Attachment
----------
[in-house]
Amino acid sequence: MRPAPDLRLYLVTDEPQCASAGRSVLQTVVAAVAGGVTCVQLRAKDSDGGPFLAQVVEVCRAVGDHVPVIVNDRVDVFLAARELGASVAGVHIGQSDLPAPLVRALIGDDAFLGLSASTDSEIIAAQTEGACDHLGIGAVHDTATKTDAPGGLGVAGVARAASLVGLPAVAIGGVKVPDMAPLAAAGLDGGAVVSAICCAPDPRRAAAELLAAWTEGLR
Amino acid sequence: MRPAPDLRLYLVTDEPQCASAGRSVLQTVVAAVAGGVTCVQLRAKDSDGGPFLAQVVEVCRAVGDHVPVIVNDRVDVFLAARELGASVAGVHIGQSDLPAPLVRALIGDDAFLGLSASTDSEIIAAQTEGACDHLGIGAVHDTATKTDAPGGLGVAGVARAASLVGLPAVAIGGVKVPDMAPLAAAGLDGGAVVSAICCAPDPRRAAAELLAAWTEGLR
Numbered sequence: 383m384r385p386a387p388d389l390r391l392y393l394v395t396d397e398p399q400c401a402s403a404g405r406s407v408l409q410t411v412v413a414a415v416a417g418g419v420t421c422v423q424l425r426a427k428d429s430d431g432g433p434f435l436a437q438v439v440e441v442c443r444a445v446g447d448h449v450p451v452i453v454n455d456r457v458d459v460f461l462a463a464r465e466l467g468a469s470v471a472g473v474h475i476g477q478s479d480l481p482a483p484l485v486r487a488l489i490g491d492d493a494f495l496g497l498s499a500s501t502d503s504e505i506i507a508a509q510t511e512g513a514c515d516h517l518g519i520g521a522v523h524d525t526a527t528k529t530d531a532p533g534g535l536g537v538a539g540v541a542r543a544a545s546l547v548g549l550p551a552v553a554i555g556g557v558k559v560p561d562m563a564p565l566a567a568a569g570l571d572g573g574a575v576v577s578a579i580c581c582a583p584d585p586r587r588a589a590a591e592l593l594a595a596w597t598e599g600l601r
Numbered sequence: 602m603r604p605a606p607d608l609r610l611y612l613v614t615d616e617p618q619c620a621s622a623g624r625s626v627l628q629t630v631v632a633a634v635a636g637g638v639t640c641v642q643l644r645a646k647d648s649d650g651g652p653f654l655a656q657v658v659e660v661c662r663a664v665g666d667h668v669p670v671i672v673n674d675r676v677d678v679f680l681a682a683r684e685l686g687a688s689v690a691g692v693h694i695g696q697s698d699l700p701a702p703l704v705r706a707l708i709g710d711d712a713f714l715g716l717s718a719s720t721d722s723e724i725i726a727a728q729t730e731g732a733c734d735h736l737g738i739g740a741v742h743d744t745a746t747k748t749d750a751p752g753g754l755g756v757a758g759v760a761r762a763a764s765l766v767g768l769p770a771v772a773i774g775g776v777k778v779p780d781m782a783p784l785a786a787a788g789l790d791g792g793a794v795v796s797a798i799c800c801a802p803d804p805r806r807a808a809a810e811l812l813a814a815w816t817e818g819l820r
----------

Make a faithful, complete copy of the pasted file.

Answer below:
[in-house]
Amino acid sequence: MRPAPDLRLYLVTDEPQCASAGRSVLQTVVAAVAGGVTCVQLRAKDSDGGPFLAQVVEVCRAVGDHVPVIVNDRVDVFLAARELGASVAGVHIGQSDLPAPLVRALIGDDAFLGLSASTDSEIIAAQTEGACDHLGIGAVHDTATKTDAPGGLGVAGVARAASLVGLPAVAIGGVKVPDMAPLAAAGLDGGAVVSAICCAPDPRRAAAELLAAWTEGLR
Amino acid sequence: MRPAPDLRLYLVTDEPQCASAGRSVLQTVVAAVAGGVTCVQLRAKDSDGGPFLAQVVEVCRAVGDHVPVIVNDRVDVFLAARELGASVAGVHIGQSDLPAPLVRALIGDDAFLGLSASTDSEIIAAQTEGACDHLGIGAVHDTATKTDAPGGLGVAGVARAASLVGLPAVAIGGVKVPDMAPLAAAGLDGGAVVSAICCAPDPRRAAAELLAAWTEGLR
Numbered sequence: 383m384r385p386a387p388d389l390r391l392y393l394v395t396d397e398p399q400c401a402s403a404g405r406s407v408l409q410t411v412v413a414a415v416a417g418g419v420t421c422v423q424l425r426a427k428d429s430d431g432g433p434f435l436a437q438v439v440e441v442c443r444a445v446g447d448h449v450p451v452i453v454n455d456r457v458d459v460f461l462a463a464r465e466l467g468a469s470v471a472g473v474h475i476g477q478s479d480l481p482a483p484l485v486r487a488l489i490g491d492d493a494f495l496g497l498s499a500s501t502d503s504e505i506i507a508a509q510t511e512g513a514c515d516h517l518g519i520g521a522v523h524d525t526a527t528k529t530d531a532p533g534g535l536g537v538a539g540v541a542r543a544a545s546l547v548g549l550p551a552v553a554i555g556g557v558k559v560p561d562m563a564p565l566a567a568a569g570l571d572g573g574a575v576v577s578a579i580c581c582a583p584d585p586r587r588a589a590a591e592l593l594a595a596w597t598e599g600l601r
Numbered sequence: 602m603r604p605a606p607d608l609r610l611y612l613v614t615d616e617p618q619c620a621s622a623g624r625s626v627l628q629t630v631v632a633a634v635a636g637g638v639t640c641v642q643l644r645a646k647d648s649d650g651g652p653f654l655a656q657v658v659e660v661c662r663a664v665g666d667h668v669p670v671i672v673n674d675r676v677d678v679f680l681a682a683r684e685l686g687a688s689v690a691g692v693h694i695g696q697s698d699l700p701a702p703l704v705r706a707l708i709g710d711d712a713f714l715g716l717s718a719s720t721d722s723e724i725i726a727a728q729t730e731g732a733c734d735h736l737g738i739g740a741v742h743d744t745a746t747k748t749d750a751p752g753g754l755g756v757a758g759v760a761r762a763a764s765l766v767g768l769p770a771v772a773i774g775g776v777k778v779p780d781m782a783p784l785a786a787a788g789l790d791g792g793a794v795v796s797a798i799c800c801a802p803d804p805r806r807a808a809a810e811l812l813a814a815w816t817e818g819l820r